Swingle II: “Madrigals” CBS 80147 (UK edition) (1974)
“Love Songs for Madrigals and Madriguys” Columbia Masterworks M-33013 (US edition) (1974)
Recorded at CBS Studios, London, date not indicated.
When 15th to 17th century Madrigal meets 1970s pop music: the result is unexpectedly lovely
Originally posted on Amazon.com, 18 October 2012
Never reissued on CD. Sony has done a pitiful job at keeping alive its back catalog of recordings by the Swingle Singers, all made in the 1970s. They only reissued one CD, Sony 88697 552462, Swing Sing, in 2009, a compilation of one full album (the 1975 “Rags And All That Jazz“) and excerpts from three others (two tracks from “Words and Music” 1974 , six from “Lovin’ You-Words and Music no. 2” 1976 , and one from “No Time To Talk” 1979), standards of Jazz old and new, ragtimes, broadway, film music, the lasting or ephemeral hits of pop music of the day, none the most interesting musically among what the ensemble founded by Mobile, Alabama-born Ward Swingle tackled in those years. The most interesting remains in the vaults, gathering dust, like this one.
The original Swingle Singers, founded in Paris in 1962, disbanded in 1973 and Swingle moved to London where he re-formed a new group made of (mostly) young British singers. Swingle with his original French band had invented a unique style, wordlessly scatting, or rather (since none of it was improvised) “dee-duming” the great instrumental hits of Classical music (and jazzifying them through a jazz rhythmic section of double-bas and drums). I’ve contended in my reviews of their albums of that era that the reason why it was so endearing is because, by so doing, they returned those great masterpieces of instrumental music to their very essence: the human voice, and made into high art what we all do, inadvertently, without even thinking about it, in our daily lives, washing the dishes, walking the dog, gardening, vacuuming, ironing, showering: humming our favorite tunes. The Paris Swingles had rarely strayed from that style, tackling songs only in their 1968 Christmas album (Christmastime) and their 1969 album of American traditional and popular music (American Look) – but still dee-duming them.
But the new, London Swingle moved on, or back, to singing vocal music, presumably encouraged by the schooling of his youg singers in the great British choral traditions. “Madrigals”, aka “Love Songs for Madrigals and Madriguys” as it was titled for the US edition, recorded in 1974, was the first album of the new ensemble – now called Swingle II – tackling madrigals in French, English, German and Spanish from the late-15th to the early-17th Century.
Not that the new Swingles got back into the fold and became just another one of those excellent “a cappella” British vocal ensemble, like the King’s Singers or so many others (they’re’s a great tradition for that in the UK). What Swingle retained from the Paris period was the notion of jazzifying the classics through the use of an instrumental accompanying ensemble playing on modern instruments. Only, here, it is no more jazzifying but “popsifying”, pouring a serving of pop music gravy over the viands of 15th-to-17th Century madrigals. You might have thought that the LP’s punning title, “Love songs for madrigals and madriguys”, was just hip and hype (the UK release went by the more anonymous “Madrigals”), but in fact not at all, it’s a fair representation of the record’s contents. No more jazz double bass and drums – goodbye, 1950s and 60s Saint-Germain des Prés, hello swinging 1970s London – but bass guitar, drums, synthezisers and keyboard (the two latter played by Swingle himself, a trained classical pianist before he became a singer) – under the pretense that, back then, “instruments were often used in performance, both as accompaniment and in doubling voice parts”.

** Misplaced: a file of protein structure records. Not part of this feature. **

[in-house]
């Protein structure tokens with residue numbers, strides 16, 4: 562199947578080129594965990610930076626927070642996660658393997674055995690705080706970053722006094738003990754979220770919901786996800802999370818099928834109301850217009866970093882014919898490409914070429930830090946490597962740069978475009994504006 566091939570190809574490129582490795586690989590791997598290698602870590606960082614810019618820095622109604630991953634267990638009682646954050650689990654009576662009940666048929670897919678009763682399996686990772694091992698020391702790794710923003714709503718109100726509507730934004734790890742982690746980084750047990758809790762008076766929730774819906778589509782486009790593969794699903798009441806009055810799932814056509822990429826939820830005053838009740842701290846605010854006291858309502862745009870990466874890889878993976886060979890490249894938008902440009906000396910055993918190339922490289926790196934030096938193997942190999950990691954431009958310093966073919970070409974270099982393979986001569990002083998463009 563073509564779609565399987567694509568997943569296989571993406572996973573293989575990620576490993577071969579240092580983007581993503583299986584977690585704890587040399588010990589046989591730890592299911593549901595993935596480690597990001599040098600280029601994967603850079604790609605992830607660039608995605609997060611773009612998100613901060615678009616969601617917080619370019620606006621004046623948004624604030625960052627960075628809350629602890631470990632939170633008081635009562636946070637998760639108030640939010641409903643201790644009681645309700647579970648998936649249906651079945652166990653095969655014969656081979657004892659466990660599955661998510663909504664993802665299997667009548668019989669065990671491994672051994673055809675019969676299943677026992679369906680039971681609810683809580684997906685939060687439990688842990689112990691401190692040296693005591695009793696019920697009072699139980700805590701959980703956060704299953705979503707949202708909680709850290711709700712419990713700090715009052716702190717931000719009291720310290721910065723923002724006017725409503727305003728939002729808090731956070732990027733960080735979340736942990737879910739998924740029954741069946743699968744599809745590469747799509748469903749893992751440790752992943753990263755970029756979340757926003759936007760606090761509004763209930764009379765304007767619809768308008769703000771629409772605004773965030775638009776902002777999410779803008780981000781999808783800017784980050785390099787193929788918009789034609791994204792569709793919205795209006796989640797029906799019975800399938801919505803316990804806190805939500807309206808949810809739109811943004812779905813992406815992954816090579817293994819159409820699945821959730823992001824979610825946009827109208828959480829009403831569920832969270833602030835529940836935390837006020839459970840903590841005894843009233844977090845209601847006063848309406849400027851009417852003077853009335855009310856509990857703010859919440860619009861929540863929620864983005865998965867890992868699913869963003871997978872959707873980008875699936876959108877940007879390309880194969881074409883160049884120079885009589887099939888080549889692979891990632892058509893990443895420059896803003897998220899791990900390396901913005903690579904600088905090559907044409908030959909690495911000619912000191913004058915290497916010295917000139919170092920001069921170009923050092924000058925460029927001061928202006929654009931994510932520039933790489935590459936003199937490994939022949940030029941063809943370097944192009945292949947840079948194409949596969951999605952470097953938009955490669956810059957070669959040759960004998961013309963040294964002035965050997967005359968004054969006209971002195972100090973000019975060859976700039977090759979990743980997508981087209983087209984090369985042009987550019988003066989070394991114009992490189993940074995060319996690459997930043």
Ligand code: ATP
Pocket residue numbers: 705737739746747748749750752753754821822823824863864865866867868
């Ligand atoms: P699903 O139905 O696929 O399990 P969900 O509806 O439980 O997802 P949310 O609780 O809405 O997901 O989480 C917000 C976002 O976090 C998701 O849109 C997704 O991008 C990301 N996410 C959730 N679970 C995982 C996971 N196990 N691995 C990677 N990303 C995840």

The result could have been hateful, the worst of both worlds, classical music desecrated and bastardized by watered down pop music of the most commercial kind. In fact it’s lovely, because the beauty of the originals remain but the accompaniment – always tasteful and discreet – could easily make you think that they were, indeed, pop music ballads written in the 1970s, reminding you of all those songs “in medieval style” written by pop musicians (isn’t there one by Robert Wyatt? I haven’t heard my LPs of Robert Wyatt in decades). The only thing that would make you doubt is that no aspiring pop star would ever have written lyrics in French, German or Spanish. But in fact it’s great, and part of the loveliness, to hear medieval-inspired pop-music ballads in those languages (and I can vouch that their French accent is perfectly acceptable, with just a soft and sweet touch of English in it, to make it even more charming). Swingle may have moved from Jazz to pop, but he did the same thing: back in the 1960s he didn’t jazzify Bach, he revealed the jazziness inherent in Bach. And here he didn’t “popsify” early music, he revealed the medieval and Renaissance roots of pop music. With good marketing this could have been, and could still be a chart-making success of quality crossover – a punctilious and exclusive lover of Classical music writing, who hasn’t listened to his LPs of Robert Wyatt in decades. Too bad the Swingle Singers didn’t really persevere, I think the concept of underpinning some of the most lovely vocal works of classical music by a pop rhythmic section had a future, that didn’t really come true.
A shame that Sony hasn’t reissued it, with its LP timing of 31 minutes it would have made a nice coupling with the 31 minutes of “Baroque“, the Swingle II’s 1976 album, CBS 69209 (and back to word-less dee-duming and a more jazzy rhythmic accompaniment), also un-reissued. Ignorant and tasteless Sony executives, read this! It’s not too late! the fiftieth anniversary of the Swingle Singer’s first album, Jazz Sebastian Bach, is next year!